Just how frustrating is Brexit?
A case between the European Medicine Agency (“EMA”) and Canary Wharf Group is being heard in court this week, and it is one to keep an eye on.
EMA has a 25 year lease of its London headquarters in Canary Wharf. Canary Wharf Group is EMA’s landlord. The annual rent and other charges due under the lease are approximately £14 million. The lease does not expire until 2039 and there is no break option. This leaves EMA with an outstanding liability of approximately £400 million.
Due to Brexit, EMA has announced it will be moving its headquarters from London. Because it is an agency of the EU, it has claimed that its headquarters must be within an EU Member State and that after Brexit it will not be able to operate from the UK because of EU law.
EMA therefore wishes to end its lease. Negotiations between it and Canary Wharf Group have been unsuccessful which has led to the landlord commencing proceedings for a declaration that the lease has not been frustrated by Brexit.
What is frustration?
The doctrine of frustration is when something occurs after the formation of the contract which renders it physically or commercially impossible for the contract to be fulfilled, and therefore the contract is discharged and parties are no longer bound to perform their obligations. In this case, EMA would therefore no longer be liable for rent.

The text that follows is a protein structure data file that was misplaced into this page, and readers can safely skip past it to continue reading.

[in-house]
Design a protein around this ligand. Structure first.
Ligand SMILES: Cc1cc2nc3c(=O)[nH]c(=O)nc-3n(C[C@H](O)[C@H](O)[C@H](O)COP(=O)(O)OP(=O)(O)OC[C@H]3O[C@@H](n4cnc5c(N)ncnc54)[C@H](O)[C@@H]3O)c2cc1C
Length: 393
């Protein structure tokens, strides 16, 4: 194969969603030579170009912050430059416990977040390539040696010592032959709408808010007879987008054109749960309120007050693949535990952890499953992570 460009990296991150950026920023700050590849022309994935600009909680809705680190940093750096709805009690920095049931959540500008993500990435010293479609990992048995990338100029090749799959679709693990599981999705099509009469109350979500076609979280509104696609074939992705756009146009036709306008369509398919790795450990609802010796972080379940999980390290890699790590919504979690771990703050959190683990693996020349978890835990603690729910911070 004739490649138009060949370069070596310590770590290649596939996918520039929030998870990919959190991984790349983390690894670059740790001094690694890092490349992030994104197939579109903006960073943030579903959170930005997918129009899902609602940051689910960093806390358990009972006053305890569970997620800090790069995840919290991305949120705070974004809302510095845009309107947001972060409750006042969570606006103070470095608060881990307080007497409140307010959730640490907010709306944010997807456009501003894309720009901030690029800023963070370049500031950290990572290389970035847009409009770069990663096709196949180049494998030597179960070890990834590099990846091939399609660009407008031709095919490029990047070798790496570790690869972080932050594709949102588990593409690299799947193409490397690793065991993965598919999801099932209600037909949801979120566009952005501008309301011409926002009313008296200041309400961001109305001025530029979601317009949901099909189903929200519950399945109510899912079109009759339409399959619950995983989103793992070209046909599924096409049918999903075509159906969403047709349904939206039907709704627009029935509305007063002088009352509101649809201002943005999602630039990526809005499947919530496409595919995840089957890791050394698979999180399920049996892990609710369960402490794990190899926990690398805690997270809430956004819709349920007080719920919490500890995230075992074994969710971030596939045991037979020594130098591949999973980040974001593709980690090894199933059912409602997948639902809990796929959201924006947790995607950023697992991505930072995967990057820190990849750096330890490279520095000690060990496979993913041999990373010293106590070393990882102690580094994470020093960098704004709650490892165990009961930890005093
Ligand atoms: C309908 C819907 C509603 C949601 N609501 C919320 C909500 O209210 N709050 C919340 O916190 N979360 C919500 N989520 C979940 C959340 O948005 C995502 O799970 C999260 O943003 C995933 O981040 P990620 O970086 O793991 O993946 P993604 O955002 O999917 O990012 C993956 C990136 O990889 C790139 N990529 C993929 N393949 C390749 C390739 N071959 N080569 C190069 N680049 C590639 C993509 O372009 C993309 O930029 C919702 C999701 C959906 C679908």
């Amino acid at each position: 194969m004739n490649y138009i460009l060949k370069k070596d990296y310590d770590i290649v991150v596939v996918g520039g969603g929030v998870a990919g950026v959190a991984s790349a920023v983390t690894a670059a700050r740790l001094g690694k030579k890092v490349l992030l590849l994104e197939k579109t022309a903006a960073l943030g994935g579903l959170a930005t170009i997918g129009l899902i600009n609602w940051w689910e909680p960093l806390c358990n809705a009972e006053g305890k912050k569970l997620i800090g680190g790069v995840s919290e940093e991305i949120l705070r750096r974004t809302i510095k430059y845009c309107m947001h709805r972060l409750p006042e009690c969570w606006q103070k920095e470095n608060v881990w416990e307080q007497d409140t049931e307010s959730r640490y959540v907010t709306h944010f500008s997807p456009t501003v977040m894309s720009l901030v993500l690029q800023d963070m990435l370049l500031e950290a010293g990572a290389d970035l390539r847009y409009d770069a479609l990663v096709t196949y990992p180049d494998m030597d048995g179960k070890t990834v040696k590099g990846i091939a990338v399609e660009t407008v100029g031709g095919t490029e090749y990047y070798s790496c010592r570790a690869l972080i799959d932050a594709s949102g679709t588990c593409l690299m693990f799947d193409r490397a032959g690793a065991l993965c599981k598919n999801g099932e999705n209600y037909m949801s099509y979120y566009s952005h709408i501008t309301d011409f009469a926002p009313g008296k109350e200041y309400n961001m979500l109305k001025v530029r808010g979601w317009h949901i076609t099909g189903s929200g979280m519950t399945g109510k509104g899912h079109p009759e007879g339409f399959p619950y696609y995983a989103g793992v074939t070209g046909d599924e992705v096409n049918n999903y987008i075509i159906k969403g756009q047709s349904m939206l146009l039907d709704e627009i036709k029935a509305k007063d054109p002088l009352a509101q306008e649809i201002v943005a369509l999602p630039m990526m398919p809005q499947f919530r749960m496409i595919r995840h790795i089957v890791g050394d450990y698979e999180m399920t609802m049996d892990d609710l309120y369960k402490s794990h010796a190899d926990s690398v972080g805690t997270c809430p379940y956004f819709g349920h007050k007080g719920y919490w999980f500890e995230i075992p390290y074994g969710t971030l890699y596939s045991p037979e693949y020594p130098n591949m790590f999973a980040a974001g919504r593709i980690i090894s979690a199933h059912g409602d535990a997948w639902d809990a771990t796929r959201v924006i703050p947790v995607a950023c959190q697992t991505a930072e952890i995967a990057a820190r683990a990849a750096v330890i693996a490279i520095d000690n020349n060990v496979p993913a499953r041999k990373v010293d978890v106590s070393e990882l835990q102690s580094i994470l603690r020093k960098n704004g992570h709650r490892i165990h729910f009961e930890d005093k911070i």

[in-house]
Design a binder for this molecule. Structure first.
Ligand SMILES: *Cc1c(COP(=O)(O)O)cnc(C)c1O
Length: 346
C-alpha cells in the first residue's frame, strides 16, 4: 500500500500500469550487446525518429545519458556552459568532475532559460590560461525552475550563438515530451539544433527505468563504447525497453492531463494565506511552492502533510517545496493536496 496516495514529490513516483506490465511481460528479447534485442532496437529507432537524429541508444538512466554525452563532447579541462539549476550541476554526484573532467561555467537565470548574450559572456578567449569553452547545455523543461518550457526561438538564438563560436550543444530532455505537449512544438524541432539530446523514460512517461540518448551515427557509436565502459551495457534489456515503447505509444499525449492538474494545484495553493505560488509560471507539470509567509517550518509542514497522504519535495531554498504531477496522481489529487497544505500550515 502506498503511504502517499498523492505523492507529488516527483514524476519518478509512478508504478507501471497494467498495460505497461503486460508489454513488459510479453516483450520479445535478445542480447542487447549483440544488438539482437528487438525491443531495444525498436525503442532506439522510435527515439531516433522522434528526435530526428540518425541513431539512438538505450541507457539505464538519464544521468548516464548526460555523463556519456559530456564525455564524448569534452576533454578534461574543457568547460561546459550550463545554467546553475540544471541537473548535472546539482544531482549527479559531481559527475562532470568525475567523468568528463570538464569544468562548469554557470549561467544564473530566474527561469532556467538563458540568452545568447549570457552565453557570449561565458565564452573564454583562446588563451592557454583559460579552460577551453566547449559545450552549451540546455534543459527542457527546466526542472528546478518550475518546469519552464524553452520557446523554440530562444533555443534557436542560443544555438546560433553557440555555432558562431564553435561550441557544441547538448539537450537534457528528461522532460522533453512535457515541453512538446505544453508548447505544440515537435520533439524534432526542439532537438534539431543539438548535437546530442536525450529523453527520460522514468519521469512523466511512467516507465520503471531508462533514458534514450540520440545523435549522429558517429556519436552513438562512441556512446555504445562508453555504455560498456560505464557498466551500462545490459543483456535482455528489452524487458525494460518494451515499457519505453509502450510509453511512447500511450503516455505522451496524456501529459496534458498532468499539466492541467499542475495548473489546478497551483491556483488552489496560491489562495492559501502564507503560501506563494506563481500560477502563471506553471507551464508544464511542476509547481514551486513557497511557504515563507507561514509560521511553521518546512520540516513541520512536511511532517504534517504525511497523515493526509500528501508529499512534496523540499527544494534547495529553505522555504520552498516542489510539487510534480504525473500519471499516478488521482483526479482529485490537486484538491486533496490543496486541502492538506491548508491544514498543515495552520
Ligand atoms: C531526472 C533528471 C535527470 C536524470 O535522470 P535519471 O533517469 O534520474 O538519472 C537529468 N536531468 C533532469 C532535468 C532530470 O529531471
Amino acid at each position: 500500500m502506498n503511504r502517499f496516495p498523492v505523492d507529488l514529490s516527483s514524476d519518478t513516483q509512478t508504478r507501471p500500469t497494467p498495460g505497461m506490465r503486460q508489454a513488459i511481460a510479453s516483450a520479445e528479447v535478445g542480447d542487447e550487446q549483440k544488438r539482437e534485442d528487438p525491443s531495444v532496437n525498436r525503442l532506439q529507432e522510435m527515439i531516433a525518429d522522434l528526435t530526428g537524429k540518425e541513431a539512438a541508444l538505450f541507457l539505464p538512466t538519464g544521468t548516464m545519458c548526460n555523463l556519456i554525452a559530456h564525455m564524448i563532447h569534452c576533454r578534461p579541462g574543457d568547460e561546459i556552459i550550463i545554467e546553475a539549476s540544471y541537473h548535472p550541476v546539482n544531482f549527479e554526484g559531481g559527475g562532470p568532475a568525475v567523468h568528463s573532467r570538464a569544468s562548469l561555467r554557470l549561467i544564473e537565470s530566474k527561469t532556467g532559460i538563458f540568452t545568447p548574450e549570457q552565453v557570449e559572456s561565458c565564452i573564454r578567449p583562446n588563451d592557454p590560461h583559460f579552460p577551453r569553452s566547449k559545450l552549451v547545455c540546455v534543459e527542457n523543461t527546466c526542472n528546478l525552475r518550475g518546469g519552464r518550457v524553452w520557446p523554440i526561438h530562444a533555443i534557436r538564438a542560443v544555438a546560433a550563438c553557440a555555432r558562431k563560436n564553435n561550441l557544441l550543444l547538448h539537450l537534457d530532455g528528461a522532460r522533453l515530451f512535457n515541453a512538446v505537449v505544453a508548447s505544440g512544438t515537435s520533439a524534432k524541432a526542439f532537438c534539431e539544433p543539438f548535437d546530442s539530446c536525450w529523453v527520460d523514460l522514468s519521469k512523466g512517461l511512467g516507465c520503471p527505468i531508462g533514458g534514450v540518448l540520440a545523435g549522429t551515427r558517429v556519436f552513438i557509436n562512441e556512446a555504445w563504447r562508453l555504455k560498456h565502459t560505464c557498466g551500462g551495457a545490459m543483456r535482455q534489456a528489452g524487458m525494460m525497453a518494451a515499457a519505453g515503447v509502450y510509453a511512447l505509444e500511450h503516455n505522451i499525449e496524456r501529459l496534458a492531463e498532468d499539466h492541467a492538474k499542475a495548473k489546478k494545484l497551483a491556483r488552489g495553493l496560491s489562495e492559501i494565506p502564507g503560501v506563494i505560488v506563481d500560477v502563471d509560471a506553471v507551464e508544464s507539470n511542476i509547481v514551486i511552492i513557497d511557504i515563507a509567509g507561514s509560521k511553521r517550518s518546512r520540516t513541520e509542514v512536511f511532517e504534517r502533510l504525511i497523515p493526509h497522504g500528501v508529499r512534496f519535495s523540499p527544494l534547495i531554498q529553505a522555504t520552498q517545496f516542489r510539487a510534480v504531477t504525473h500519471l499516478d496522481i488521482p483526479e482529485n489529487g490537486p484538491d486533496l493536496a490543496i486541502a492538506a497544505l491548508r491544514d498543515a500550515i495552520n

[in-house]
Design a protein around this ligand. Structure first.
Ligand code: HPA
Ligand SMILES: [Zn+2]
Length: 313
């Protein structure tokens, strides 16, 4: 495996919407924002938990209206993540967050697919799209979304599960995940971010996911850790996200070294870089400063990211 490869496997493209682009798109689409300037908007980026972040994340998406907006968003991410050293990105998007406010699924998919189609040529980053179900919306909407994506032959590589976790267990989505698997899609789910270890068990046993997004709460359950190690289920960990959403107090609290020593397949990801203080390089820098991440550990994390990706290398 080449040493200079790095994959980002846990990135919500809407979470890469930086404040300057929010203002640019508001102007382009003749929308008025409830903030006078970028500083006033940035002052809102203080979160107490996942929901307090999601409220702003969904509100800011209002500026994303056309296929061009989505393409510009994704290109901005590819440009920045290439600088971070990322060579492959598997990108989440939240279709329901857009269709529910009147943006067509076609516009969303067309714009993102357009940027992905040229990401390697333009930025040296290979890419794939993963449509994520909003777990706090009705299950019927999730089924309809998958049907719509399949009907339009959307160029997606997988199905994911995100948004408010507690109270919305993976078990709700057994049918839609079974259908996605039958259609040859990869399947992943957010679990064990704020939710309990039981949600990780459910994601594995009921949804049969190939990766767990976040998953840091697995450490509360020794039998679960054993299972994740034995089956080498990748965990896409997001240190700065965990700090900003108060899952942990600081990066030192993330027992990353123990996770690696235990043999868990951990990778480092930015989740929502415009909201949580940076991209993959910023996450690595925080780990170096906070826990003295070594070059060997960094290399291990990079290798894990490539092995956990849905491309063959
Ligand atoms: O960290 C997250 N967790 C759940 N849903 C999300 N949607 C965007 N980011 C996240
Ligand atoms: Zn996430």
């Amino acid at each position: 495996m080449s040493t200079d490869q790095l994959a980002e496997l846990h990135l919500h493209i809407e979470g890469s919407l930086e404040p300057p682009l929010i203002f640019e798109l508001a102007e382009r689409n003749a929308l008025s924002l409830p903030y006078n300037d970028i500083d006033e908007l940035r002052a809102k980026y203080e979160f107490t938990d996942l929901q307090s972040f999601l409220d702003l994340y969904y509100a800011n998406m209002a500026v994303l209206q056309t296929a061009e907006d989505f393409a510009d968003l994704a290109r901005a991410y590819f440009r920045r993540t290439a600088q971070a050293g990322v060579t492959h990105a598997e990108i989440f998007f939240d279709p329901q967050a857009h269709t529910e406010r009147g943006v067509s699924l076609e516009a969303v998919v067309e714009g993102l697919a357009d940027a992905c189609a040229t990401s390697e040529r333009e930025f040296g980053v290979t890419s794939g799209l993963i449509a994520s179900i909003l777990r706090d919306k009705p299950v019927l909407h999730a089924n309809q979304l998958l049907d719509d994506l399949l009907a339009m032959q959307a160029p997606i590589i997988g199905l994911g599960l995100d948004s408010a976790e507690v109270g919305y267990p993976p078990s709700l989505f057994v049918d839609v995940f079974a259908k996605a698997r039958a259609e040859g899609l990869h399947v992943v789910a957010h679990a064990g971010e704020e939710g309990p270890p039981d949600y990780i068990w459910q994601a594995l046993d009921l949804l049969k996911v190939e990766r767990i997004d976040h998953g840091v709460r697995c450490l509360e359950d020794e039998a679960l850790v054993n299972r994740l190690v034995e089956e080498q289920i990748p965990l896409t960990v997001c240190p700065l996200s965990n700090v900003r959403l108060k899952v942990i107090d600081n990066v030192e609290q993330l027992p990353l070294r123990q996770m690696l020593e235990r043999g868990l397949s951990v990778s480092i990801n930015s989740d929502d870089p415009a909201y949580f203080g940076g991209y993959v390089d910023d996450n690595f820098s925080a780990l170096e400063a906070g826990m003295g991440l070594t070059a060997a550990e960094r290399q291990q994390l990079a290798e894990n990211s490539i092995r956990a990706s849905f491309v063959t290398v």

The doctrine was first established by a case in 1863 and successful cases have included events such as the outbreak of war, the cancellation of an event, change in law and subsequent illegality and destruction by fire. It must be something which renders the performance of the contract impossible, illegal or radically different. It is not available where the alleged frustrating event should have been foreseen by the parties. In this case, it will be necessary to look at whether Brexit was foreseeable in 2011 (at the time the agreement for lease was entered into) and expert evidence has been required to help decide this.
Why does it matter?
Although in 1980 the House of Lords agreed that the doctrine of frustration is in principle available to leases, they also noted that this would be “hardly ever”. This has continued to be the position as there has never been a reported case in England where a lease has been held to be frustrated by any event. Therefore, if EMA is successful, this has potential to open the floodgates for other tenants to argue their leases have been frustrated too, as it would be clear the doctrine of frustration is definitely available to leases. Not only that, it could also impact on any contract (not just property) if the courts consider that Brexit as a concept could be an unforeseeable frustrating event.
Beyond considering whether Brexit was foreseeable or contemplated at the time of the contract (the landlord will argue that it was), Canary Wharf will seek to argue that EMA can still assign or underlet the lease, which is permitted under the lease. Therefore, it seems unlikely that EMA will be successful in arguing that the contract cannot be performed at all. However, definitely watch this space.